He also announced that the U.S. would deploy 14 additional ground-based interceptors in Alaska, bringing that number to 44, which was of course, the Bush number. The Bush number was 44 in Alaskan Vandenberg (ph), 10 in Europe with the ability to go to 100 as threats from North Korea and Iran expanded, which they’re clearly doing.

The down sizing, interestingly enough, of the Phased Adaptive Approach, was not accompanied by any reduction in the assessed ballistic missile threat from Iran. In fact, the administration has been clear with its stated intention to proceed with the Phased Adaptive Approach, because of the Iranian missile threat to NATO.

And this notion of Iran as a ballistic missile and nuclear threat does not lessen under a nuclear agreement along the lines that has been described by the administration. In fact, there is a clear, though it is unstated, recognition that the threat will actually grow.

Iran’s ballistic missile force, the largest in the region to date, is continuing to expand. And it is not constrained in any way in the negotiations.

We see the ICBM capability emerging as recently as the latest space launch by Iran, which of course demonstrates the same technology as ICBMs. And Iran as a nuclear threat remains inherent in the acknowledgement or recognition of Iran as a nuclear weapons threshold state.

When one moves away from denying Iran a nuclear weapons capability, to the goal of simply expanding the amount of time for breakout from two months to 12 months, there is a recognition of Iran as a threshold state.

We can deny it. We can try to convince ourselves that that’s not the case. But I think our friends in the Gulf have made very clear that they don’t quite see it the way that it has been described.

So this leads me to the conclusion that missile defense of NATO, Europe, and the U.S. homeland will become even more important in the future against the Iranian threat.

I won’t go into sort of the fallacies associated — be happy to, if there are questions. But I won’t go into them now, with the fallacies associated with the concept of extending the breakout time. With the fallacies associated with the verification scheme in the current construct, or the so-called snap back sanctions.

Under — let me just say, under the best scenario, even with an agreement as described by the White House, the Iran threat does not diminish. The Iran threat grows, requiring the U.S. and NATO to add ballistic missile defense capabilities in Europe, and requiring the United States to add more capabilities to protect the U.S. homeland, perhaps with a third site in the United States, perhaps with some means of reestablishing a Phase 4 capability in Europe.

I don’t have the answer to that, but we clearly require the capability. So, you contrast the Iran threat with the threat from Russia. And I say threat from Russia, because of General Breedlove, Senator McCain recently.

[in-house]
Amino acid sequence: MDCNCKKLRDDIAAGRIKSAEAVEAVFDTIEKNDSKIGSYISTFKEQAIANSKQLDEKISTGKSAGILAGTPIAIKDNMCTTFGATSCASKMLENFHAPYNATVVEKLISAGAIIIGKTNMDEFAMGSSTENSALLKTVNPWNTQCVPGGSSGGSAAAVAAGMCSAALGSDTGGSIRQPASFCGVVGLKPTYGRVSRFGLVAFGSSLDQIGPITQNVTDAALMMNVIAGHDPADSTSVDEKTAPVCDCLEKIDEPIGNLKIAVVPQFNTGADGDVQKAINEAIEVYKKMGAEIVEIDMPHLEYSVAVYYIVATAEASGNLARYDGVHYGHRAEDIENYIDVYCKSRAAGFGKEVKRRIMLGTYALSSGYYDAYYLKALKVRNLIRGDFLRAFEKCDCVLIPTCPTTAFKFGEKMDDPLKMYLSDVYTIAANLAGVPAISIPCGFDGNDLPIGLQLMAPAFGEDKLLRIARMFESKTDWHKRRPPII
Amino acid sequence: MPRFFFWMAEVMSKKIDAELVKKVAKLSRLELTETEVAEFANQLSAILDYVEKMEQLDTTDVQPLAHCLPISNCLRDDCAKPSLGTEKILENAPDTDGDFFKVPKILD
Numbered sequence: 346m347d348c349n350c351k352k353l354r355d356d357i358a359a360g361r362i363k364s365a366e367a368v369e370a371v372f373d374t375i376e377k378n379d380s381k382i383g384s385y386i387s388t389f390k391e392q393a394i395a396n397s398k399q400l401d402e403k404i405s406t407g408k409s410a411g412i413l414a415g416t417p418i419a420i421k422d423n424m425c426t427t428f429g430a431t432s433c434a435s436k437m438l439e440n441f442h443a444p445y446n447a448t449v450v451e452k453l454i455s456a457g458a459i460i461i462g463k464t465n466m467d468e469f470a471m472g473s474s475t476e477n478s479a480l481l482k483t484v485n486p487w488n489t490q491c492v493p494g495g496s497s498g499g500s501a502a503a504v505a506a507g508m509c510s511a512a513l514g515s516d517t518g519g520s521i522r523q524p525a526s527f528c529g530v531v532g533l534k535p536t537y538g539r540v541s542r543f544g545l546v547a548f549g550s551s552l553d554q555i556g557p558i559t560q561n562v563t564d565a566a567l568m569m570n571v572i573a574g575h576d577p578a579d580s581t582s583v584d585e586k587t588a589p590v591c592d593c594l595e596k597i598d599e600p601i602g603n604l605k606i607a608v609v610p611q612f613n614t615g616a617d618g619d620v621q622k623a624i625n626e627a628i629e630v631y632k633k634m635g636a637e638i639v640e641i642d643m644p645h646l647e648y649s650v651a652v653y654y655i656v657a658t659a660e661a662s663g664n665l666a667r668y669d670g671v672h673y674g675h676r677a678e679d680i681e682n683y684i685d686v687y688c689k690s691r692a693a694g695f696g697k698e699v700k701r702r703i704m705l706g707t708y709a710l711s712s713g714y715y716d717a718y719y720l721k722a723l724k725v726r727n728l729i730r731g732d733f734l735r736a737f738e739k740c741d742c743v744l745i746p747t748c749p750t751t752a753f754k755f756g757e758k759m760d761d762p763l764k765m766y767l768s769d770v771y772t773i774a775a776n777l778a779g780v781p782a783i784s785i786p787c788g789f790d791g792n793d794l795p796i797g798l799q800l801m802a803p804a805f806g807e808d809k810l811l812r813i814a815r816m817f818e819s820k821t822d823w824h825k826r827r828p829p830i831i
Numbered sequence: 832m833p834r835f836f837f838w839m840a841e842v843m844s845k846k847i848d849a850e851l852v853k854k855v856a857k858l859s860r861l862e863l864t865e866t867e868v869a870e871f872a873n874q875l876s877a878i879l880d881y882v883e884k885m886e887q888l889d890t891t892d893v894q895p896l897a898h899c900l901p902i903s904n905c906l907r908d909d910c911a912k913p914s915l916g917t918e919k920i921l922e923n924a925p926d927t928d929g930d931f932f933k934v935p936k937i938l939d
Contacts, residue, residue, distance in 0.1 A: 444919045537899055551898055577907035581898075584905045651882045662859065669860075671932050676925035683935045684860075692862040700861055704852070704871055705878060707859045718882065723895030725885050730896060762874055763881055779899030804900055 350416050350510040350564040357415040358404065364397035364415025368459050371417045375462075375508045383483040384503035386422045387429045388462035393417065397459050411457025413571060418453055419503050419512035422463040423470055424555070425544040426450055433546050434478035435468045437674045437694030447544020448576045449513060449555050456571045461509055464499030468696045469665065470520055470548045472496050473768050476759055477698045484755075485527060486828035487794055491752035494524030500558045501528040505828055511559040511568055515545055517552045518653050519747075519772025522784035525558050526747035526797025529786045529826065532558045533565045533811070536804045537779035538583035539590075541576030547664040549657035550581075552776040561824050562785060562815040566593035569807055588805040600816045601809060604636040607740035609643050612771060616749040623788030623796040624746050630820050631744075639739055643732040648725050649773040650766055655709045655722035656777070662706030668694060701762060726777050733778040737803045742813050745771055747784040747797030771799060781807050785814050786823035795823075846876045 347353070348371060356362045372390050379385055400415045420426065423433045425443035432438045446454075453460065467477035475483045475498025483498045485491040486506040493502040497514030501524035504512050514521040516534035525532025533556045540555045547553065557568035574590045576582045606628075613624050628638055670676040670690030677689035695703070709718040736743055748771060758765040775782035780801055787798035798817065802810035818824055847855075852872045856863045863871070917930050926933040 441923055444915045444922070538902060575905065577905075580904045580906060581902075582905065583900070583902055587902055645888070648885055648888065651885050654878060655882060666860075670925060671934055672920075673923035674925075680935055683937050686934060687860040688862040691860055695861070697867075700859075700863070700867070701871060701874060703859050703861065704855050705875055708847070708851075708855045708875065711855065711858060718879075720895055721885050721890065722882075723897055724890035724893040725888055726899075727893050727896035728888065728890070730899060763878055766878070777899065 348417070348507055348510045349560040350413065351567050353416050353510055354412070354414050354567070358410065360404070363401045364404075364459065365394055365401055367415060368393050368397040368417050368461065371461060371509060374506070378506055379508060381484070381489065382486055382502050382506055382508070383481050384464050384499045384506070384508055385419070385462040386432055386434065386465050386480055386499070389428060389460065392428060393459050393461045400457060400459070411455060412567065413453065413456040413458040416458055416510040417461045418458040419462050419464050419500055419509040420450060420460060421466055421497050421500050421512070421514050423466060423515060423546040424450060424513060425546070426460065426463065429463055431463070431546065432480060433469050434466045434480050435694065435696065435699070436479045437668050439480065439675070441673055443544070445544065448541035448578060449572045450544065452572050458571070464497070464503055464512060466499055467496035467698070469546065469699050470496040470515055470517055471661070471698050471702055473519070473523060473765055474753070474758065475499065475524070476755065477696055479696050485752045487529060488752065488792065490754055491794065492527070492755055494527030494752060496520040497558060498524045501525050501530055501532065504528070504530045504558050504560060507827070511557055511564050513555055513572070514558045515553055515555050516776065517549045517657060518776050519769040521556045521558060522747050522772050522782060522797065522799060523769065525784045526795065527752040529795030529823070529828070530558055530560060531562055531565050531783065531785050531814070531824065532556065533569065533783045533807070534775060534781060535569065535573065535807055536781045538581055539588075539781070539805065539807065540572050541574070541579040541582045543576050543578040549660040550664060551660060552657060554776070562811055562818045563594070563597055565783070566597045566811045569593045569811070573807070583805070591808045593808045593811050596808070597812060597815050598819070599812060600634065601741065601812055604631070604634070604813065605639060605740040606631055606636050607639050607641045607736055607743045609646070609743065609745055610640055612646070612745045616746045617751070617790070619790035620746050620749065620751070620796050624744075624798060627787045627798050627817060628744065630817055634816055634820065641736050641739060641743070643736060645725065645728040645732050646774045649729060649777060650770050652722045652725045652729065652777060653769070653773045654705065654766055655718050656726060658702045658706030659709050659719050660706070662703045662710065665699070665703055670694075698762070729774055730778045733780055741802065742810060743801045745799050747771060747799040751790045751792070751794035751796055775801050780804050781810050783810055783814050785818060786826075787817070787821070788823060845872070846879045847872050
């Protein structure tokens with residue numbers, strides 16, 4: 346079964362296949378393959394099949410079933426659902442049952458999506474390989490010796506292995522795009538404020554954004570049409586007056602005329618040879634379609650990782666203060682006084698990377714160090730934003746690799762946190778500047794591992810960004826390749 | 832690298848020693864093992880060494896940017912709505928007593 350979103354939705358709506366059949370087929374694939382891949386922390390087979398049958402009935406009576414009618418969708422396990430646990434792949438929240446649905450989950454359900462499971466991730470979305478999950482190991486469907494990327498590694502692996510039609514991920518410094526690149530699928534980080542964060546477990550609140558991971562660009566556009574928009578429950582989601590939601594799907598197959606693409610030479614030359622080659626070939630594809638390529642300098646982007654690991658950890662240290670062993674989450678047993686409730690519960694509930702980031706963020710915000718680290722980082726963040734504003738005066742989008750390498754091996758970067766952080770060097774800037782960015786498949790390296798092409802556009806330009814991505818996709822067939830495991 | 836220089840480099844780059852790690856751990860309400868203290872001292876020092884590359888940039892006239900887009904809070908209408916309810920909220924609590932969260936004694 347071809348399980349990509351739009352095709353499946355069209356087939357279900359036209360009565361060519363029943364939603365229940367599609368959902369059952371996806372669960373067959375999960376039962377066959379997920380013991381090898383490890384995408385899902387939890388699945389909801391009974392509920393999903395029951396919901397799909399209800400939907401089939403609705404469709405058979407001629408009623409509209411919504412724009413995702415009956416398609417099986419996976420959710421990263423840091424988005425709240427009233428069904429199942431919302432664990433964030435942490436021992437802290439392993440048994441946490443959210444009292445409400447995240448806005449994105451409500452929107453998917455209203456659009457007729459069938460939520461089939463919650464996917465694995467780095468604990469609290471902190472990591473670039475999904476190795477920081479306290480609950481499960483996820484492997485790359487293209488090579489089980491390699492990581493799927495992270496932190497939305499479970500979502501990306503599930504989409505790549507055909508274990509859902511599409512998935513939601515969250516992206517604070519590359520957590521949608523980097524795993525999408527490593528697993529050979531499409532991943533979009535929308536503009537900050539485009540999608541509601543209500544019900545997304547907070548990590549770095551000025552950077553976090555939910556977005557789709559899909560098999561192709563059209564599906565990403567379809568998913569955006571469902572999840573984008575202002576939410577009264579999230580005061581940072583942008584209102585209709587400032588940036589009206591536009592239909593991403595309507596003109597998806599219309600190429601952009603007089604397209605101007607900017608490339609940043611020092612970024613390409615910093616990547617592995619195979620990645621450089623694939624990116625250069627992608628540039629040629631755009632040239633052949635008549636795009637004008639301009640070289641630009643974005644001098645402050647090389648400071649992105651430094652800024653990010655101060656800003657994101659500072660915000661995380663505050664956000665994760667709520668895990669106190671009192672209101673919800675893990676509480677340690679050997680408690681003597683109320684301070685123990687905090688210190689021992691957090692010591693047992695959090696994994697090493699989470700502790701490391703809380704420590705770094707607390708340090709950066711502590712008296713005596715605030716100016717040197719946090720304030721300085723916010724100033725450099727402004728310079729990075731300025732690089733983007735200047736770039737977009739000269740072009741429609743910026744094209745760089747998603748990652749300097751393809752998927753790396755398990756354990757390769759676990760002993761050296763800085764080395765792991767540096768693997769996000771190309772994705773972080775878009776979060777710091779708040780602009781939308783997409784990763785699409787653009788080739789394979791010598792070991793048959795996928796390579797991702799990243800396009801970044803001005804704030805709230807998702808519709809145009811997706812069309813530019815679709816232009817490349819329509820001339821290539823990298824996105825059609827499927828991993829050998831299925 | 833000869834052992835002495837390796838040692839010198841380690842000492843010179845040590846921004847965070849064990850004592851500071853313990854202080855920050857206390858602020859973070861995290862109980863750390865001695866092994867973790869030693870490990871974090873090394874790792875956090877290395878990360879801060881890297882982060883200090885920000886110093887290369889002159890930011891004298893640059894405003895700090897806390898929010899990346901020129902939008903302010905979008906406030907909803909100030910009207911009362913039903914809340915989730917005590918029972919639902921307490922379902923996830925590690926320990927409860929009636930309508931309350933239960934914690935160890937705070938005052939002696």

A number of the American leaders in the national security field have described Russia as a threat. Now, that probably shouldn’t come as a surprise, because Russia, at President Putin’s level, has been describing the United States and NATO as the principle threat to Russia since 2007, when President Putin addressed the Munich Security Conference that year.

And my sense is that missile defense is clearly one component of Russian concern, so I certainly understand that. But it’s useful, I think, to look a little bit at the history, starting with the abandonment of the withdrawal of the United States from the ABM Treaty.

I had the privilege of working in the White House at that time, being President Bush’s principle staff officer working for Condi Rice on the withdrawal of the ABM Treaty. And that included extensive consultations with allies, extensive dialogue with Russia, because President Bush was trying to move beyond the Cold War thinking.

He was trying to move beyond this notion of Russia as a strategic enemy, trying to move beyond this notion that nuclear weapons were the chief currency in our relationship. And we also have the imperative of defending against countries like North Korea, who were rapidly demonstrating the ability to build and deploy ICBM class capabilities a direct threat to the United States, in conjunction with their nuclear program.

It’s interesting that when President Bush announced the withdrawal of the United States from the ABM Treaty, that President Putin also made a statement that very day, in which he said that this is not a — this is not a threat against Russia. It’s not a threat against Russia.

And we started to have an extensive dialogue with Russia. Now we’re — lasting 10 years. I would say it was not just extensive, it was exhaustive.

Ambassador Kislyak, I think one of the most talented diplomats that I’ve had the opportunity to work with in my career, was the deputy foreign minister when I was undersecretary of State. And we led the U.S.-Russia Strategic Dialogue.